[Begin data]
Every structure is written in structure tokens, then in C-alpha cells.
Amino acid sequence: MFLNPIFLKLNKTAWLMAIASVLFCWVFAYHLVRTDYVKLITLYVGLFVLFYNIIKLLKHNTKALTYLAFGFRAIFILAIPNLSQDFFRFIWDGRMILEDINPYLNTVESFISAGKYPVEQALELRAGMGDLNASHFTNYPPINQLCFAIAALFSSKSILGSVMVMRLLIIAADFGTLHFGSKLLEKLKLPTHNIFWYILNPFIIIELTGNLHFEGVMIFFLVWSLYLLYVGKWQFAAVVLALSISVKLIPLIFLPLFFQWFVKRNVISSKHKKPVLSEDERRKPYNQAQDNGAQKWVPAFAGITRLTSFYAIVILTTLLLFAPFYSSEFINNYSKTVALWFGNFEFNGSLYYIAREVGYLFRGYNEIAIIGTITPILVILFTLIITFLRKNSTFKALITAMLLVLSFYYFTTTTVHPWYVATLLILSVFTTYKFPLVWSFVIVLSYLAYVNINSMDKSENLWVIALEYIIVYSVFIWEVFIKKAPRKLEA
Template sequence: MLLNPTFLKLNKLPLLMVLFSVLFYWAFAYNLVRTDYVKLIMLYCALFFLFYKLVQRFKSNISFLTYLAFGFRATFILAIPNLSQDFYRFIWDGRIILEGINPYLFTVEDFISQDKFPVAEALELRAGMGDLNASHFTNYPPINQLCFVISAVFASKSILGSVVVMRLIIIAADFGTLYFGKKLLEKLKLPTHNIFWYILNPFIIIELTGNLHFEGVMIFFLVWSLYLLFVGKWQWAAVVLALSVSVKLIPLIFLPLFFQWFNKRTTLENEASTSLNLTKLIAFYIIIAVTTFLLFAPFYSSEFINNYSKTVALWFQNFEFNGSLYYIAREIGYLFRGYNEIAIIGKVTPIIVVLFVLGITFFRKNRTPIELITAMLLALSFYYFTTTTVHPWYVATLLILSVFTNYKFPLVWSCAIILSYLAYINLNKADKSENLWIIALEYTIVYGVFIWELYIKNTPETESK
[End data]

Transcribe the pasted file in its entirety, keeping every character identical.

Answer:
Every structure is written in structure tokens, then in C-alpha cells.
Amino acid sequence: MFLNPIFLKLNKTAWLMAIASVLFCWVFAYHLVRTDYVKLITLYVGLFVLFYNIIKLLKHNTKALTYLAFGFRAIFILAIPNLSQDFFRFIWDGRMILEDINPYLNTVESFISAGKYPVEQALELRAGMGDLNASHFTNYPPINQLCFAIAALFSSKSILGSVMVMRLLIIAADFGTLHFGSKLLEKLKLPTHNIFWYILNPFIIIELTGNLHFEGVMIFFLVWSLYLLYVGKWQFAAVVLALSISVKLIPLIFLPLFFQWFVKRNVISSKHKKPVLSEDERRKPYNQAQDNGAQKWVPAFAGITRLTSFYAIVILTTLLLFAPFYSSEFINNYSKTVALWFGNFEFNGSLYYIAREVGYLFRGYNEIAIIGTITPILVILFTLIITFLRKNSTFKALITAMLLVLSFYYFTTTTVHPWYVATLLILSVFTTYKFPLVWSFVIVLSYLAYVNINSMDKSENLWVIALEYIIVYSVFIWEVFIKKAPRKLEA
Template sequence: MLLNPTFLKLNKLPLLMVLFSVLFYWAFAYNLVRTDYVKLIMLYCALFFLFYKLVQRFKSNISFLTYLAFGFRATFILAIPNLSQDFYRFIWDGRIILEGINPYLFTVEDFISQDKFPVAEALELRAGMGDLNASHFTNYPPINQLCFVISAVFASKSILGSVVVMRLIIIAADFGTLYFGKKLLEKLKLPTHNIFWYILNPFIIIELTGNLHFEGVMIFFLVWSLYLLFVGKWQWAAVVLALSVSVKLIPLIFLPLFFQWFNKRTTLENEASTSLNLTKLIAFYIIIAVTTFLLFAPFYSSEFINNYSKTVALWFQNFEFNGSLYYIAREIGYLFRGYNEIAIIGKVTPIIVVLFVLGITFFRKNRTPIELITAMLLALSFYYFTTTTVHPWYVATLLILSVFTNYKFPLVWSCAIILSYLAYINLNKADKSENLWIIALEYTIVYGVFIWELYIKNTPETESK